My first years living in Los Angeles, I spent immeasurable amounts of time blaming others.
Full of angst and unhappiness, it is easy to tell a familiar, comfortable story about the reasons behind our discontent.
It is easy to blame Los Angeles, it’s practically a way of life here. I’ve blamed traffic, Southern California culture, distances, men, parents, siblings, exes, bosses and dating apps for unhappiness and failed relationships. I was the victim, feeling controlled by the whims of those around me. I felt powerless.
The incessant focus outside of myself to what others were doing to me, so I perceived it, felt maddening. How did I routinely find myself in the same situations over and over again? It was perplexing.
It feels necessary here to pause with a disclaimer before continuing this story. Many of us have been here. Countless women I know share similar stories, often unspoken. We suffer in silence. Perhaps we’re not ready to recognize the realities of the relationships we find ourselves in. Perhaps the details are different but the heart is the same: we were victims. We’ve suffered, often at the hands of men. I wish not to deny that painful reality here.
I deeply empathize with those that survive abusive relationships and intimate partner violence. And I am not just referring to those who have survived physical abuse: I am referring to physical and emotional abuse. Emotional abuse can often be just as problematic, if not more. Women know we shouldn’t be hit. We can draw the lines between right and wrong when it comes to being physically wounded.
We may not leave, but we know it’s wrong.
Emotional entrapment keeps us in it. We choose to stay. We hope he’ll change. We hold onto images of who we hope our men will become, not the reality showing up in our daily relational lives.
We often believe there are things that cannot possibly happen to us. We believe they exist in this world, but somehow we are immune from them. Naively I believed I could never be the woman that landed herself in a toxic cycle of power, control, hurt, and pain.
I never envisioned myself as the woman who’d lie to her closest friends, family members, emergency room doctors, therapists, and colleagues in an attempt to protect the very man responsible for the blood dripping down her sundress on a warm spring day in Venice. But there I was. And perhaps, there you’ve been too.
I often joke with my therapist that I never needed to develop a drug addiction, I had men. Toxic ones at that. Men can easily fill the same void that one’s next high can also. Cliche or not, men were my cocaine. I was detached from God, my innate higher self. I looked to men to satisfy me in a way they were not capable of.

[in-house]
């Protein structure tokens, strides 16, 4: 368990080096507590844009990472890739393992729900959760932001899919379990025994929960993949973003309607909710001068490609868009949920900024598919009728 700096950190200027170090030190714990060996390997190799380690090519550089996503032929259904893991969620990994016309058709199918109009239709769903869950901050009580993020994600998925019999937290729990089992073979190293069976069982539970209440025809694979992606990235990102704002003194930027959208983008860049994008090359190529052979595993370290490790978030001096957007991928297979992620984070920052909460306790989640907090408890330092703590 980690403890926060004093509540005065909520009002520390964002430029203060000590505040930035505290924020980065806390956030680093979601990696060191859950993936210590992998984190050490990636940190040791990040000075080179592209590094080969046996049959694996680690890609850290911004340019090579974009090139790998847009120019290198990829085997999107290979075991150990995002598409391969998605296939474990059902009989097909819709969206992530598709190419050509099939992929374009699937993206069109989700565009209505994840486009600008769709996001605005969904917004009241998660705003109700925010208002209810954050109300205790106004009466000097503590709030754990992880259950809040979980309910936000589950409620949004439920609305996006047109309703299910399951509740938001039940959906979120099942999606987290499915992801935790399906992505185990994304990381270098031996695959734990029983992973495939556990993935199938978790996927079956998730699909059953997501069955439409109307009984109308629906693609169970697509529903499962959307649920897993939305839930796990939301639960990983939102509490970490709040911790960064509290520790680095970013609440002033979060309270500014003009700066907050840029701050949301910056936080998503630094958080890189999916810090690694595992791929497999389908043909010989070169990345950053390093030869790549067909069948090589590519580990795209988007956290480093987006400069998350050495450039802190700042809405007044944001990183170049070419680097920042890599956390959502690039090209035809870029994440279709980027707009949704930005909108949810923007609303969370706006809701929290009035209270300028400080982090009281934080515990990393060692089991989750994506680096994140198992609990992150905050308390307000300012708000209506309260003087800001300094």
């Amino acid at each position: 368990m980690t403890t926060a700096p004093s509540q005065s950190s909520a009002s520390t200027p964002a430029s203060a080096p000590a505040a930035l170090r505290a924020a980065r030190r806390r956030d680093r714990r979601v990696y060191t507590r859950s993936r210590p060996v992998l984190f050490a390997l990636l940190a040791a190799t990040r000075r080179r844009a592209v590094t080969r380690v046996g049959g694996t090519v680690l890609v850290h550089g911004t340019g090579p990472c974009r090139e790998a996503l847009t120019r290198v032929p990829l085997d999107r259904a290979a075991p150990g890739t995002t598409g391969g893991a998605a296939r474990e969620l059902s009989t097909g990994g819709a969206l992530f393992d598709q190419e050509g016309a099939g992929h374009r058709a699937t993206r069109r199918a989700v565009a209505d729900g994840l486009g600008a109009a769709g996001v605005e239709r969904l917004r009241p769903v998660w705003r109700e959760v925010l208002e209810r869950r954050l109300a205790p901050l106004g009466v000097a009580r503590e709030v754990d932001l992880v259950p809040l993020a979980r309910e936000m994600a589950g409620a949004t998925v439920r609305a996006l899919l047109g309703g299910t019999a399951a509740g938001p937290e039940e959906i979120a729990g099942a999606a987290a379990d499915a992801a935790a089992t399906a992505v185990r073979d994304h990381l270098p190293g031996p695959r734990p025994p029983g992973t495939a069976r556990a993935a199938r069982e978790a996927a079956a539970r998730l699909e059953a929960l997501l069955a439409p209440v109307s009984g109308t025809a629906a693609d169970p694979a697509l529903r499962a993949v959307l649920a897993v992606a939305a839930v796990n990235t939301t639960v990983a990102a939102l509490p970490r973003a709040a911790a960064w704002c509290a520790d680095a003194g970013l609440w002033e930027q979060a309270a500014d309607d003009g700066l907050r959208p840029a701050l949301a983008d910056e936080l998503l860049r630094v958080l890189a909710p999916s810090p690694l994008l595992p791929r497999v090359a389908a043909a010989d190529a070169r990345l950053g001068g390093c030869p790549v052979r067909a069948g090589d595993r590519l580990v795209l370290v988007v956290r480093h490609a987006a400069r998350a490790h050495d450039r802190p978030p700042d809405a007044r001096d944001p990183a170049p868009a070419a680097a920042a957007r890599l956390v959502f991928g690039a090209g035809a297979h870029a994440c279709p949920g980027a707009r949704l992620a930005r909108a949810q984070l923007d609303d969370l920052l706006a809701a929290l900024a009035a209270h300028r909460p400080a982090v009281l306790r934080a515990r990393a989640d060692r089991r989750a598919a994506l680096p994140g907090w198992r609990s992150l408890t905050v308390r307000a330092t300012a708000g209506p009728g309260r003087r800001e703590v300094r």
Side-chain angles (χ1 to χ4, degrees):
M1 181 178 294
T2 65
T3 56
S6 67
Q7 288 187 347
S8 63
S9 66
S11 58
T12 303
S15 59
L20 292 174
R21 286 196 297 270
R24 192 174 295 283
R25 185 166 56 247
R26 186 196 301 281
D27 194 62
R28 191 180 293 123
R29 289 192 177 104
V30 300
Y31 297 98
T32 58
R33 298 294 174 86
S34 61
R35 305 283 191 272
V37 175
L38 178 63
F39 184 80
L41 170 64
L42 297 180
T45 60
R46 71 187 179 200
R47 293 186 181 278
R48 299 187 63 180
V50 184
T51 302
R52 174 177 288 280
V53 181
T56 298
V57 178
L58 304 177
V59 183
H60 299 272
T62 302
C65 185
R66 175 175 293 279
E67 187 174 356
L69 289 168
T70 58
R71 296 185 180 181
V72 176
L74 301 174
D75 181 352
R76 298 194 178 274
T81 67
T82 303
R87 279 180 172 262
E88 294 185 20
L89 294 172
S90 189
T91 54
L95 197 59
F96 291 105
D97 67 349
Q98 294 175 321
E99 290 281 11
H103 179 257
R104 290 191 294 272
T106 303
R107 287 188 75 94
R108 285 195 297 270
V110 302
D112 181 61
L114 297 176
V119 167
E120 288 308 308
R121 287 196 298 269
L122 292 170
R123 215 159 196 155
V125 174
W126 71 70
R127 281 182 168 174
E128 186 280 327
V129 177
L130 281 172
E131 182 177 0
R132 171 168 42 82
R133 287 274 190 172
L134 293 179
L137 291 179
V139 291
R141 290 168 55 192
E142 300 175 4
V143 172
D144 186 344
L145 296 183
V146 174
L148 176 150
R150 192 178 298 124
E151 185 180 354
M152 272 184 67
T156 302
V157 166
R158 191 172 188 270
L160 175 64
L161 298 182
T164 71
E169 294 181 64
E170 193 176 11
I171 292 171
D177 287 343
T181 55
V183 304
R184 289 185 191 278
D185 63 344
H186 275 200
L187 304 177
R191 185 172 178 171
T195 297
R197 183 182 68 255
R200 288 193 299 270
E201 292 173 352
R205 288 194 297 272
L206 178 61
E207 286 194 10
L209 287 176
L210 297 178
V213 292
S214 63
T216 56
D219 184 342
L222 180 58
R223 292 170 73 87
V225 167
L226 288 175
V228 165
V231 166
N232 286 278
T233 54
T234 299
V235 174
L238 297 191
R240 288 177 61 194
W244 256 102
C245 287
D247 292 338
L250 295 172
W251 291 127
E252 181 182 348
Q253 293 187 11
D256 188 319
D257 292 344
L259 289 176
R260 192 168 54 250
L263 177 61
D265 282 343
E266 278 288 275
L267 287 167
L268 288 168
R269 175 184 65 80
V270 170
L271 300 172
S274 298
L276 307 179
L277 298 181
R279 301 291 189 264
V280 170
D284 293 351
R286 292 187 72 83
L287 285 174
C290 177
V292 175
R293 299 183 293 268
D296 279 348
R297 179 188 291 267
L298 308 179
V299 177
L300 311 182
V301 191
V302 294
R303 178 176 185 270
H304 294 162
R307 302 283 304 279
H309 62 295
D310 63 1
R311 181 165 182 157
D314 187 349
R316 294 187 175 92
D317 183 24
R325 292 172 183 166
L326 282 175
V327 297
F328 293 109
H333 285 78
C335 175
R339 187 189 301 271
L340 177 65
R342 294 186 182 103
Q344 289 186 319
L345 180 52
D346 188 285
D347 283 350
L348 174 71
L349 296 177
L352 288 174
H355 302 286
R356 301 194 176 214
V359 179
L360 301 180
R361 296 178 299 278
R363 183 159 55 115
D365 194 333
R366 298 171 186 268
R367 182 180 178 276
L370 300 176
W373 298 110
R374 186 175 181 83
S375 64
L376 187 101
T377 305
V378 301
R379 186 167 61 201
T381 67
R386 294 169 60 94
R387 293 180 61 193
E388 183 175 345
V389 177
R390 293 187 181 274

We disappoint ourselves when we believe human beings can satisfy us in ways they never were intended to. Following my departure from what I now understand to be an abusive relationship, I felt emotionally detached and avoidant in my relationships.
We gravitate towards what we feel inside. We attract what we feel ready for.
Many of us wonder how we find ourselves in the same relational patterns over and over again. We often speak of a “type” we attract: more often than not this type transcends the physical.
Many of the men I’ve dated had similarities: they were emotionally unavailable and distant.
Histories of addiction were common in their families. They had broken relationships with their fathers. Their siblings were addicts. There were histories of alcoholism, abuse in its many forms between their parents, denial of mental illness. They had their own addictions: work, extreme athleticism, saving others but not themselves, rescuing their mothers and brothers, alcohol, women, and marijuana. Some slept with my best friends. They gave me warning signs. I chose to ignore them. They had intimacy issues. They were intelligent, driven, and charming men. Their relationship experiences were painful. Many were cheated on.
One gave me warning signs of his proclivity for physical violence: he beat his brother physically as a means of controlling his drug addiction. I ignored the obvious red flag, instead choosing to find his willingness to be open and honest endearing. That story would later haunt me: could he, like my previous boyfriend, eventually turn on me?
We know how these stories end. As we look back on failed relationships, how many of us choose to look the other way even with the writing on the wall? What holds us back from making the choice to see what is clearly written?
My body has often spoken to me about men, warning me in subtle and more drastic ways. I became physically ill throughout the course of this short-lived relationship, with debilitating migraines almost every five days through the course of knowing him. They stopped when we parted ways. Even our bodies are sources of innate, powerful wisdom, if only we’d stop to listen.
After we ended things, I had a vivid dream. The night before this dream I began to miss him. My therapist asked me that day what I missed.